The first American Wine Blog Awards were given in 2007. Created by Tom Wark and hosted on his blog Fermention, the awards quickly became the leading means of identifying excellence in wine blogging.

Wine blogs are nominated for awards by the general public and the top finalists for each awards category are selected by a panel of judges. Awards are given based on a combination of the judges’ opinions and a public vote.

In 2010, the Wine Blog Awards underwent major changes and administration was given to the folks at the Wine Bloggers Conference. Changes were made to the awards themselves and this website was established as the awards’ home.

The awards are presented live each year at the Wine Bloggers Conference and the year of the award represents the year they are given and received, not the preceding year. Please use Twitter hashtag #WineBlogAwards for discussion about the awards.

Judging Process

The Goal:

To make the public vote important in the overall process but to balance that process with a variety of judges with strong backgrounds and experience in the wine industry and social media.

The Process:

  • Submissions are open to the public so people can suggest their favorite blog.
  • At the close of the nomination period, organizers go through the blogs and make sure there were no dead links and that the nominated blogs have the requisite qualification (regular posts, 1 year of history, etc.).  We also ask judges to double check when they made their selections as well.
  • Organizers then present the judges with the comprehensive lists in each category and ask that they select their top 5 favorites in each of their assigned categories.  The intent here is to curate the long long list using the judges.  The judges rank the blogs from 1 to 5 and submit them their list back to the organizers.  There are 3-4 judges per category.  The votes are tallied with 1 getting 10 “points”, 2 getting 8 “points”, 3 getting 7 “points”, etc.  If there are any ties after the judges rank the blogs they would both be included for the public vote.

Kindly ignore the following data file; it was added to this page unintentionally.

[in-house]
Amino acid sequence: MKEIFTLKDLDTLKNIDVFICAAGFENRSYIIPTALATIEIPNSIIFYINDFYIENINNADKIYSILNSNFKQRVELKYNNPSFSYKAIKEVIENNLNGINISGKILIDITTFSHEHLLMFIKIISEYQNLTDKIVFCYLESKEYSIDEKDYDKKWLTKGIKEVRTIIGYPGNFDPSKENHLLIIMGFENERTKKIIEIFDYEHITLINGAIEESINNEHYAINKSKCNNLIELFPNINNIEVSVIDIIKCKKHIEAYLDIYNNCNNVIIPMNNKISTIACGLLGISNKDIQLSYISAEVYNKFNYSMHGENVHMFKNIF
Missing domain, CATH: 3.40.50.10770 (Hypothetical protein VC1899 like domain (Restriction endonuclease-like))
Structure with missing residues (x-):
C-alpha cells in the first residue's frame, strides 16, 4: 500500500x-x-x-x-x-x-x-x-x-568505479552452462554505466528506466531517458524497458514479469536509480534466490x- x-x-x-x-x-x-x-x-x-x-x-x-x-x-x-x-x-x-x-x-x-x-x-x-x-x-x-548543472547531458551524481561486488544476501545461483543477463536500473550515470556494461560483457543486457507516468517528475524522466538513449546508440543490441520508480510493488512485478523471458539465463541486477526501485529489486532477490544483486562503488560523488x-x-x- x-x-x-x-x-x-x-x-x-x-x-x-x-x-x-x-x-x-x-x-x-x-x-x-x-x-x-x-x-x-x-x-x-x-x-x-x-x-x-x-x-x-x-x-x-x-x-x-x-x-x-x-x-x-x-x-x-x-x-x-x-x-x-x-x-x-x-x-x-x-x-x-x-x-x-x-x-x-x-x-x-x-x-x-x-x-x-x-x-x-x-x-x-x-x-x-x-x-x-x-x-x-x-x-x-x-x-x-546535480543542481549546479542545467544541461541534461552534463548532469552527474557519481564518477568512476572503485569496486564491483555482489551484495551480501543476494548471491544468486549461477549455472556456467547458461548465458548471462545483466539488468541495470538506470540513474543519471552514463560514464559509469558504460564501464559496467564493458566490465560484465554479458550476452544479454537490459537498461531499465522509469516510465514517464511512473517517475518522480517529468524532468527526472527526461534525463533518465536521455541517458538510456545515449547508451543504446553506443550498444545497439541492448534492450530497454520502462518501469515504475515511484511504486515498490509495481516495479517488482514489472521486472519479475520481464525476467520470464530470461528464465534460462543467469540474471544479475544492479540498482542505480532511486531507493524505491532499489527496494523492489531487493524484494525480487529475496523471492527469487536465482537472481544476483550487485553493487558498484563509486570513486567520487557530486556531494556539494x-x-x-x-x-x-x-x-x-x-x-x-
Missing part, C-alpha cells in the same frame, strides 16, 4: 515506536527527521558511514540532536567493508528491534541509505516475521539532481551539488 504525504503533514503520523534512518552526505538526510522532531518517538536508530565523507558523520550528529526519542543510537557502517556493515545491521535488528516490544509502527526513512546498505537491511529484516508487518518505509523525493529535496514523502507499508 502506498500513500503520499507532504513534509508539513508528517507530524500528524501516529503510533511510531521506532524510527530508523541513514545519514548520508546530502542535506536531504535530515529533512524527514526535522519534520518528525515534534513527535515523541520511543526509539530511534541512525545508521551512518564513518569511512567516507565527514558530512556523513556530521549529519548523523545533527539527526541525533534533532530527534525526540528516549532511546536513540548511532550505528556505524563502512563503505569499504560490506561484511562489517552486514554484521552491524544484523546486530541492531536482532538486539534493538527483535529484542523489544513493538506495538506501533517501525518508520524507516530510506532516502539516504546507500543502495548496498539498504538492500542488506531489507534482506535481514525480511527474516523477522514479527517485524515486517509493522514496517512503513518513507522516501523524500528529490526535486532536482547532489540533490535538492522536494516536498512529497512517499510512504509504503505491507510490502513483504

• The public would be presented with the “Finalists” and get to vote.  Judges also vote on the finalists at this point (because the finalist list may not be the same list or order that they had for their submission).
  • The public vote is tallied and each of the finalists is ranked from 1 to 5.  The public vote is weighted 50% and the judges final vote is also 50%.  So “Column 1″ is the judges ranking 1 – 5, Column 2 is public ranking of the same blogs 1-5.  Same point system is used.  If there is a tie, the public vote (i.e. whomever the public voted #1) determines the winner.


  • http://dobianchi.com/ Jeremy Parzen

    why was I able to comment and nominate for other categories but not for best writing? help please… thanks!

  • http://twitter.com/girlwithaglass Alana Gentry

    Tom & WBC team,

    I know how hard you and your team/advisors have worked to develop these awards and have deftly dealt with growing pains. It's good to see that you are continuing to develop the project.

    It's a hard thing you're doing and I give you lots of credit for dealing with questions like mine. I have no doubt that you've had tons of conversations and there may never be answers to best practices for contests/awards.That said, I have a burning question. (smile)I wonder if the self-promotion (via Twitter mostly) for nominations threatens to cheapen the awards making it appear that potential winners are begging for a promotional tool (the WBA logo) for their websites/blogs. It's like producers vying for the Oscar but bloggers are using social media, therefore it is loudly public.The public voting after the nominations are in is the culprit, yes? I'd like to hear the panel's thoughts regarding the purpose behind the public voting. Does it cheapen it when the nominees are begging their social media circles to vote for them? If they don't create buzz/get the votes, they can't win, right?  

    Is the public voting a panacea for the potential accusation of the panel giving awards to a small coterie of insiders/friends?

    Ok, now that I've got the question out of my head, it no longer feels like a burning question, maybe just a nagging thought. Any perspective?


  • thewineguy

    When do the nominations open for 2012?

    Have you read this wine blog-site?


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    I very much to like and agree with your point of view.I have met some really neat people through the comments, I certainly want to encourage more me to comment.

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  • winefan

    Greetings – please see new wine blog focused on urban winemakers so far at Oakland Local – “Six ounces to fine” http://oaklandlocal.com/2013/06/six-ounces-to-fine-the-wine-column/and:

  • Stephanie Timotheou

    Are the awards open to all countries? We have a great new blog – check us out at http://www.grapegrowerandwinemaker.wordpress.com

  • Chris

    I find this blog fun and informative: http://www.billswinewandering.com/